Australia's notifiable diseases status, 2009: Annual report of the National Notifiable Diseases Surveillance System - Notes

The Australia’s notifiable diseases status, 2009 report provides data and an analysis of communicable disease incidence in Australia during 2009. The full report is available in 16 HTML documents. The full report is also available in PDF format from the Table of contents page.

Page last updated: 22 August 2011

This article was published in Communicable Diseases Intelligence Vol 35 Number 2, June 2011 and may be downloaded as a full version PDF file (1854 KB).

Notes on interpretation

The present report is based on 2009 ‘finalised’ data from each state or territory agreed upon in July 2010 and represents a snap shot of the year after duplicate records and incorrect or incomplete data were removed. Therefore, numbers in this report may vary slightly from the numbers reported in CDI quarterly publications.

Analyses in this report were based on the date of disease diagnosis in an attempt to estimate disease activity within the reporting period. The date of diagnosis is the onset date or where the date of onset was not known, the earliest of the specimen collection date, the notification date, or the notification receive date. As considerable time may have elapsed between the onset and diagnosis dates for hepatitis B (unspecified), hepatitis C (unspecified) and tuberculosis, the earliest of specimen date, health professional notification date or public health unit notification receive date was used for these conditions.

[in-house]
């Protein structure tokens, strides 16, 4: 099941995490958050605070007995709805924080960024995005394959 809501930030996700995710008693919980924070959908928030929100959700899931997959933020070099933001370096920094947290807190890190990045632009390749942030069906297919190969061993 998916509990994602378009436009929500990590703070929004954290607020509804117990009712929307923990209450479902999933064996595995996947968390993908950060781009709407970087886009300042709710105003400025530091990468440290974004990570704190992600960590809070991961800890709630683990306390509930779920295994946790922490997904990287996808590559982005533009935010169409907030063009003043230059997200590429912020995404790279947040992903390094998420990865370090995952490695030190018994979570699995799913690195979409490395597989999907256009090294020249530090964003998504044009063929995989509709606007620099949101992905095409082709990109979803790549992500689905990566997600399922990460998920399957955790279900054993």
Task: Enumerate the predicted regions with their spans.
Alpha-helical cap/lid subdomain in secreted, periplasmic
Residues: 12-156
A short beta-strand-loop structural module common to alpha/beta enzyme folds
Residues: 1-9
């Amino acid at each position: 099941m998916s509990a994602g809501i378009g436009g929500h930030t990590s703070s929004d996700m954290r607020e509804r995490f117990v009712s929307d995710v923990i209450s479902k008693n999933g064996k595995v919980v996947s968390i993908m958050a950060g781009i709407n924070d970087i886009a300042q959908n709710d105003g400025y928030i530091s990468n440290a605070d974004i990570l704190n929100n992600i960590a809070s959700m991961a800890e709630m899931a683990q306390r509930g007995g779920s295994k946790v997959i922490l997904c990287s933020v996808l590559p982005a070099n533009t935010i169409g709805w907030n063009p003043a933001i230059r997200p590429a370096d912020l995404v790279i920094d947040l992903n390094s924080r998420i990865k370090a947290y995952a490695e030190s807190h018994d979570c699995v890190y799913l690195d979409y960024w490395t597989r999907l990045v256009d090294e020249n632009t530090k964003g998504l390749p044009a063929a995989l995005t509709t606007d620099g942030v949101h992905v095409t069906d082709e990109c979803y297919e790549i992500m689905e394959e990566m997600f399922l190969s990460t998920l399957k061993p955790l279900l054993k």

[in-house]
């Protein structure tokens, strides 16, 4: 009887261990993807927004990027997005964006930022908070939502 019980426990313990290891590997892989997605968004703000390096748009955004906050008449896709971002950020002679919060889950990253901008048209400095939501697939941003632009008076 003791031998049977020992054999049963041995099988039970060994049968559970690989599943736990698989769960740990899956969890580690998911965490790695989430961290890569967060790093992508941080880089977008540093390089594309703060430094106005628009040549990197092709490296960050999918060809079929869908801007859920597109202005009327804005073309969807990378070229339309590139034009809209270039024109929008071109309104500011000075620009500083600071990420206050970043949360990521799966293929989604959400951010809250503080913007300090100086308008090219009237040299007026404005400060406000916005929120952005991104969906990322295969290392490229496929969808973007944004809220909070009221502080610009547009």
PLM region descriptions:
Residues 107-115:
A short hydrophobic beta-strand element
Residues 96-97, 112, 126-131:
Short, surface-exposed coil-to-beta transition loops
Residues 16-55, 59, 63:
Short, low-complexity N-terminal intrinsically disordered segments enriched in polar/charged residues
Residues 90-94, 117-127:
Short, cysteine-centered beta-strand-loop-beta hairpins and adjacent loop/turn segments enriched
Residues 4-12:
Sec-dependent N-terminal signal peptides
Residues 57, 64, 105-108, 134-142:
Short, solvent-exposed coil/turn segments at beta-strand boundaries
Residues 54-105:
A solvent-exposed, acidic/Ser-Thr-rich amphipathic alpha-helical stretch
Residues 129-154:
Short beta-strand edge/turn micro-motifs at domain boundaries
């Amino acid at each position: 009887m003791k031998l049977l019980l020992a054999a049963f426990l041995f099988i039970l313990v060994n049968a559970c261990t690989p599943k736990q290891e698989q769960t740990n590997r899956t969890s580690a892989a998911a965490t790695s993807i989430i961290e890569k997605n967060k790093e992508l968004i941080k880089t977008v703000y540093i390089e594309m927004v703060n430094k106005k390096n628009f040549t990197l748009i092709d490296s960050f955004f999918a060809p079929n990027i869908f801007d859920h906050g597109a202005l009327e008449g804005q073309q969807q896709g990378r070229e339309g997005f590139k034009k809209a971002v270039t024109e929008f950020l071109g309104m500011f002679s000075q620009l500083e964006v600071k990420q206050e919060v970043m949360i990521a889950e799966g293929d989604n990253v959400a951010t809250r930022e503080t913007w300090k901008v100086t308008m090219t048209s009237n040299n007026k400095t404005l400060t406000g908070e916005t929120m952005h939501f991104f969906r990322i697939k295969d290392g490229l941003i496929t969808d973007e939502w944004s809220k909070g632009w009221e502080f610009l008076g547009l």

Notified cases often represent a proportion (the ‘notified fraction’) of the total incidence (Figure 1) and this has to be taken into account when interpreting NNDSS data. Moreover, the notified fraction varies by disease, by jurisdiction and by time.

Figure 1: Communicable diseases notifiable fraction

Figure 1:  Communicable diseases notifiable fraction

Methods of surveillance vary between states and territories, each having different requirements for notification by medical practitioners, laboratories and hospitals. Although the National Notifiable Diseases List2 was established, some diseases are not yet notifiable in all 8 jurisdictions (Table 2).

Top of page

Table 2: Diseases notified to the National Notifiable Diseases Surveillance System, Australia, 2009

Data received from
Bloodborne diseases
Hepatitis (NEC) All jurisdictions, except Western Australia
Hepatitis B (newly acquired) All jurisdictions
Hepatitis B (unspecified) All jurisdictions